None of these types is the stand-alone secret of business ownership. It is the right combination, or genetic make up, of these attitudes that is the stuff that successful business owners are made of. For instance, self-protectiveness is a natural instinct for a reason. We would not survive without it. But this “attitudinal” gene must be tempered and cannot be so dominant that it cannot be overcome. A measure of risk must be allowed for if one is to take the “leap of faith.” By performing a self-assessment prior to embarking on the pursuit of a business acquisition and performing proper due diligence on any given business of interest, one can achieve an acceptable level of risk for their individual situation when going into a new business venture.
Similarly, an overly self-involved attitude can be a road block in the path to success. Like a horse with blinders on, this type cannot see what is around them and they trudge forward with no awareness of, care for, or connection to how others are affected by their actions. Yes, it takes intellect, inner strength, and an appropriate level of pride in oneself to own and run a business. However, an exaggerated sense of self-importance and conceit detracts from the ability to make sound decisions on business operations and effectively hire and manage employees and instill confidence. If one doesn’t have respect towards others and their abilities, those in this attitudinal group are destined to be a one-person show with limited growth potential. Running a business is a team sport with a leader at the helm that can blaze a trail that others are willing to follow.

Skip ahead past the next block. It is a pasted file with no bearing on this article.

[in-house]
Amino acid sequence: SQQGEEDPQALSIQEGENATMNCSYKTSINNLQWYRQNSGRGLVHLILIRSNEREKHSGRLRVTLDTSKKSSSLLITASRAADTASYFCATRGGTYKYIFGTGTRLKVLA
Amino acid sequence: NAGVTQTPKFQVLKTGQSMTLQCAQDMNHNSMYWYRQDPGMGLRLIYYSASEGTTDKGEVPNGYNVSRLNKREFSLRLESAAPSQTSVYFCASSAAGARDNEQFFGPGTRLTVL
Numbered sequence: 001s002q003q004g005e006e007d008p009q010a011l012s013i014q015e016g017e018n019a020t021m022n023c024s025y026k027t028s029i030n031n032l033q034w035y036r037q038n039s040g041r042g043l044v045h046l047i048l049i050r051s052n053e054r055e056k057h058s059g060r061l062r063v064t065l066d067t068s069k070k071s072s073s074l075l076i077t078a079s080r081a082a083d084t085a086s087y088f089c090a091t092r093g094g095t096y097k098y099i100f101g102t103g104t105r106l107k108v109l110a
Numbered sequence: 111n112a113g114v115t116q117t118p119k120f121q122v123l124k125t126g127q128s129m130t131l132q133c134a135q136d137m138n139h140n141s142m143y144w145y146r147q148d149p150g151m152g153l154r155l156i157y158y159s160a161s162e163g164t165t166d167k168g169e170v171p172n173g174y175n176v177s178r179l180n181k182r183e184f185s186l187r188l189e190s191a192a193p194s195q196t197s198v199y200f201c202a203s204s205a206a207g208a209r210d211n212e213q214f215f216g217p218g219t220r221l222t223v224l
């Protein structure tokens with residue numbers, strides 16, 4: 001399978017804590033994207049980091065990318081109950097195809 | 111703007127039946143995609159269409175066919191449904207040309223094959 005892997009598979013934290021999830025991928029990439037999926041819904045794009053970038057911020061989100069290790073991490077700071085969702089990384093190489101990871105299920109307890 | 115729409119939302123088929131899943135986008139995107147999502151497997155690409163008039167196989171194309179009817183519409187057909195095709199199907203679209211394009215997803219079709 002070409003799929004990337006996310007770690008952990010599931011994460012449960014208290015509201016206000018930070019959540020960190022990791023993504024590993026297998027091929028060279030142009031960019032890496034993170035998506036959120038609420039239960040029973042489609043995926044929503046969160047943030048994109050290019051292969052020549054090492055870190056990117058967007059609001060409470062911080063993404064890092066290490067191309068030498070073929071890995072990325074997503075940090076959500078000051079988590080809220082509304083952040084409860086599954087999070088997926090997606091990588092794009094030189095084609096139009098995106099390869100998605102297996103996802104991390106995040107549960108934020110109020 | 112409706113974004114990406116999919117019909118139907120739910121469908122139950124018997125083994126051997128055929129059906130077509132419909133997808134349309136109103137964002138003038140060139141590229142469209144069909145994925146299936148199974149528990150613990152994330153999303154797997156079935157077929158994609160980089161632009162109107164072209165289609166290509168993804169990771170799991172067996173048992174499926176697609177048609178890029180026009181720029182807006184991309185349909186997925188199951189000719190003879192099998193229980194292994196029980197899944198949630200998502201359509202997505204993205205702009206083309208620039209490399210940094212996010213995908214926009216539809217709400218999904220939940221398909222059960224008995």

As for the self-esteemed, they already possess, to a large degree, many natural character traits of an entrepreneur. One of the dangers for this creative attitudinal type, however, is financially overextending themselves in pursuit of their goal. They must borrow from the self-involved type — practice restraint and focus on growing the business using a systematic methodology — instead of branching out in too many directions at once. Another fault, if you can call it a fault, is a tendency to believe that everyone in their employ will perform with their own same gung-ho attitude and entrust too much to others. This is where a measure of self-protectiveness would come in handy. This attitudinal type might do well to err on the side of caution more frequently in the areas of finance and trust.
So, the point to be made here is to avoid extremes. Basically, think long-term, have realistic goals, and focus on the big picture. A healthy level of confidence in yourself instills confidence in the people you serve, customers, employees, and partners alike. The demeanor you carry within yourself will be the driver that can raise that proverbial bar of those around you, getting everyone to join with you in reaching higher. It is very much about our work ethic and the self-awareness and integrity we bring to what we do. It’s a matter of deliberate choice. It’s a matter of attitude.